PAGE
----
CORRUPTION SENTENCE – INVOLVEMENT OF POLICE OFFICER AGGRAVATING

S v SETLHOLO 2017 (1) SACR 544 (NCK)

 

Corruption — Sentence — Police officer soliciting bribe from person who had been lured into fake illicit diamond transaction — Fact that perpetrator a police officer an aggravating factor — Sentence of 10 years’ imprisonment confirmed on appeal.

 

The appellant, a 23-year-old police officer, appealed against his sentence of 10 years’ imprisonment imposed for corruption and fraud, his appeal against the convictions previously having been dismissed. The convictions came about as a result of his participation in a misrepresentation to a complainant who was the potential client in an illicit diamond sale. The appellant and his cohorts pretended to the complainant at the crucial moment that they were part of a police trap and that he would be arrested and charged for the offence, but could avoid this by paying them R50 000. The appellant accompanied the complainant to an ATM where the latter drew R10 000. An arrangement was made that he would later pay a further R40 000 and be provided with the police docket. The complainant, however, approached the police and the appellant was arrested when he received the rest of the money. It was contended for the appellant that the sentence of 10 years’ imprisonment for a youthful offender such as him was excessive.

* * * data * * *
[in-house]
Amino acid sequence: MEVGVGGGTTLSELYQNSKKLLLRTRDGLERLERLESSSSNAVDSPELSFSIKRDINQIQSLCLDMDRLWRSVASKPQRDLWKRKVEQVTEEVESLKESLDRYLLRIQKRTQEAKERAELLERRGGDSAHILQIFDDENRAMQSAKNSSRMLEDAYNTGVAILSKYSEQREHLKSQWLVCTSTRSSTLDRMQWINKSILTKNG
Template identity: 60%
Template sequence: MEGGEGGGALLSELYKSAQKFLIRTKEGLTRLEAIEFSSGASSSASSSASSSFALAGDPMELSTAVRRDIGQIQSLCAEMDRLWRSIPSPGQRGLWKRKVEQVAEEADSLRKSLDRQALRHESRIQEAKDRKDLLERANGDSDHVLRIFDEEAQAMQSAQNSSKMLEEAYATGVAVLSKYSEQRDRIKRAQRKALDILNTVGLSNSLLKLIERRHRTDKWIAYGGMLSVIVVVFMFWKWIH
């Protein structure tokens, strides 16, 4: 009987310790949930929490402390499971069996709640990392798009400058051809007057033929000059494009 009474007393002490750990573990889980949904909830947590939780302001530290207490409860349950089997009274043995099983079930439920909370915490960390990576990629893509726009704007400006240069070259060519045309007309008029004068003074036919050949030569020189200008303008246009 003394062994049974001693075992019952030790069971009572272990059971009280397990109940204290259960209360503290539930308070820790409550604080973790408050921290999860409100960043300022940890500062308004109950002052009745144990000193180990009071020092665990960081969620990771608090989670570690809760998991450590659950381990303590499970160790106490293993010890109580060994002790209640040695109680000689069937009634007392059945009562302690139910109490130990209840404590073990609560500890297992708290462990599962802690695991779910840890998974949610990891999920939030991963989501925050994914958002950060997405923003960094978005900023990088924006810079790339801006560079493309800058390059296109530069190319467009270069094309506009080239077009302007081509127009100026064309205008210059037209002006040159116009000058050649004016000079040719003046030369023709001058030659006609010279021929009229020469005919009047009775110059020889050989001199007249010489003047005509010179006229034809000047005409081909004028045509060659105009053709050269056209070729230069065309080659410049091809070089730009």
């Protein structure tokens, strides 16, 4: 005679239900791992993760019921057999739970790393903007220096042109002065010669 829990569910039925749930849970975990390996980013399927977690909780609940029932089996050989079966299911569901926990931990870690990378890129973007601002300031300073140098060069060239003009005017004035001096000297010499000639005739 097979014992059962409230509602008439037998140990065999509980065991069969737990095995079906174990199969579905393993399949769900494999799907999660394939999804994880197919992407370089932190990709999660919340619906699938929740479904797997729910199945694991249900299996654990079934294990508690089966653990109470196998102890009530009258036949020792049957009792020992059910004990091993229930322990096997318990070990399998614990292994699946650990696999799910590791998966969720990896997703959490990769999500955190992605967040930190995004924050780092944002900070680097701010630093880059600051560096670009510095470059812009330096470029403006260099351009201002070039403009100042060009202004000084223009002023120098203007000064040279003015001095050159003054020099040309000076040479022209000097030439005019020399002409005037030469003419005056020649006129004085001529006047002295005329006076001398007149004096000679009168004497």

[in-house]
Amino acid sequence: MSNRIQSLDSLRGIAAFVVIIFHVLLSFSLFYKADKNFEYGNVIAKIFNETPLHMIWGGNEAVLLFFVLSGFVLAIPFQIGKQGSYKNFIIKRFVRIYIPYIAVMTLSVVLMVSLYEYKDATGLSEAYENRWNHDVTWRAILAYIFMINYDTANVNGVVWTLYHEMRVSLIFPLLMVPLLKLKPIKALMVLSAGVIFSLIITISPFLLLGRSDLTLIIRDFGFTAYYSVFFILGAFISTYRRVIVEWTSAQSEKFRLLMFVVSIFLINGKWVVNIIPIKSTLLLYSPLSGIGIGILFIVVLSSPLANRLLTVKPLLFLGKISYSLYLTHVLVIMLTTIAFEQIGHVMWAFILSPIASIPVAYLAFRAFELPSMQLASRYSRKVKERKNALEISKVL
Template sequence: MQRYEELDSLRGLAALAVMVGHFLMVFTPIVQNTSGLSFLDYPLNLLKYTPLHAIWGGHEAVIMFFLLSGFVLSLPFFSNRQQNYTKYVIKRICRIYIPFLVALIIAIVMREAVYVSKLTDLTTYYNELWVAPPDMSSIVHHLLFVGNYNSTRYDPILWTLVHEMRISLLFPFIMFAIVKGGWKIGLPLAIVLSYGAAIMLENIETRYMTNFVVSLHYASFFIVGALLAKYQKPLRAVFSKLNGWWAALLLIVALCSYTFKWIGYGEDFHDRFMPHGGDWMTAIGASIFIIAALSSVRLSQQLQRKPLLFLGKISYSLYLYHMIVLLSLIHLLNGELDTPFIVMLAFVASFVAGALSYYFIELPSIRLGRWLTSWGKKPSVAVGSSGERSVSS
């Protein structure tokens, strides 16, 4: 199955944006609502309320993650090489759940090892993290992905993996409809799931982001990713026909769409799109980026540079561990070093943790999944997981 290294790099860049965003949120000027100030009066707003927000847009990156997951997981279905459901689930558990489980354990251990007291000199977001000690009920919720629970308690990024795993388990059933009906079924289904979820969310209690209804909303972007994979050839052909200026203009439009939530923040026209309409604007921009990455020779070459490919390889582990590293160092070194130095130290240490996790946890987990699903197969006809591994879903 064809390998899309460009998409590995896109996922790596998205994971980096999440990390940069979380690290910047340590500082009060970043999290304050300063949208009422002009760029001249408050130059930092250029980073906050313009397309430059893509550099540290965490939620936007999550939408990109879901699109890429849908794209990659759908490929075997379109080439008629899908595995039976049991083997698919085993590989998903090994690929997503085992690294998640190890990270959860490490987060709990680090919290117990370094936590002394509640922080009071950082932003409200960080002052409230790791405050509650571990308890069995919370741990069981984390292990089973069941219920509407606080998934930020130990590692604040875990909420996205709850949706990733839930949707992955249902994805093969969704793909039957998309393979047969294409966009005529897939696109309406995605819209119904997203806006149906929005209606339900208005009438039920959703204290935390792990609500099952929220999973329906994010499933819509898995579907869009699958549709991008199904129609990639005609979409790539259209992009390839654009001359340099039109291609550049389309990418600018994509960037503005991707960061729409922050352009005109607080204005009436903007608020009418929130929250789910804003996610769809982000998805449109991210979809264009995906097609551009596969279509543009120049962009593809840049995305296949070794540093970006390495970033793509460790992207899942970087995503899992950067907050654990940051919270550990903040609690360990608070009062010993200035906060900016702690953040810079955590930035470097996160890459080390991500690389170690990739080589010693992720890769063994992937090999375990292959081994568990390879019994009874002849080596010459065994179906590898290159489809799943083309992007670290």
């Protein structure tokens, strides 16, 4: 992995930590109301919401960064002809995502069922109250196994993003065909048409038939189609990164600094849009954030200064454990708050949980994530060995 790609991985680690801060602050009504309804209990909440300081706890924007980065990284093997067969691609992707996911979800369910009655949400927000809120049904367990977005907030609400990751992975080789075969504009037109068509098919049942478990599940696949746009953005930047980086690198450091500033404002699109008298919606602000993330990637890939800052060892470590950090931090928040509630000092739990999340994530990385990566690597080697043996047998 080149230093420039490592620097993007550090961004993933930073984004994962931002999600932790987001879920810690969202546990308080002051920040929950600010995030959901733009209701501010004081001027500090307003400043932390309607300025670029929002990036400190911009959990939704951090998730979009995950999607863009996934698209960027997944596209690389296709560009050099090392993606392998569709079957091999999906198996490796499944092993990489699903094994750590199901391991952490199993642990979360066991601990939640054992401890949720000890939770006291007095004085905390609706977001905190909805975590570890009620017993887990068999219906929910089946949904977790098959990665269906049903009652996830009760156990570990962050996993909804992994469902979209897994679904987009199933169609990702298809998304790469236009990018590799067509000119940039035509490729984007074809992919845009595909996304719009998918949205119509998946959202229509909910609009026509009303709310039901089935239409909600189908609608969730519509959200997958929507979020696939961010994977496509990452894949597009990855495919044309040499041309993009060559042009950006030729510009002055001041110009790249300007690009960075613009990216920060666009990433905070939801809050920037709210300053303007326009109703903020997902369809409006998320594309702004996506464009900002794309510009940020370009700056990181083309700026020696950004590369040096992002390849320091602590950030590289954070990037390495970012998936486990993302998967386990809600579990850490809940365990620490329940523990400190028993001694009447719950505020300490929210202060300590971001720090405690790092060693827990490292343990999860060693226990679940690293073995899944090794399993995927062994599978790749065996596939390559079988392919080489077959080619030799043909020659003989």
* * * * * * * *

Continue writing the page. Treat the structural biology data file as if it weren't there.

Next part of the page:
Held, that the appellant had been fortunate in that the trial magistrate had not taken into account the minimum-sentencing regime, which required a minimum sentence of 15 years’ imprisonment if no substantial and compelling circumstances were found to exist, as there was no reference in the charge-sheet to the applicability of that sentencing regime, nor was any mention made of it at the commencement of the trial. (Paragraph [13] at 550b–e.)

Held, further, that the fact that the appellant was a police offiicer was an aggravating factor as he was supposed to be vigilant and protect the community against crime. There could be no doubt that the corrupt and fraudulent activities in the present case had been carefully planned.

The appellant had played a significant role in the execution of the bogus police operation and had had ample opportunity to reconsider his actions. He was a gainfully employed public servant and there had been no need for him to engage in any fraudulent and corrupt activities. The sentence was furthermore not out of kilter with the sentence that the court itself would have imposed and there were accordingly no grounds for the court to interfere with the sentence on appeal. The appeal was dismissed.

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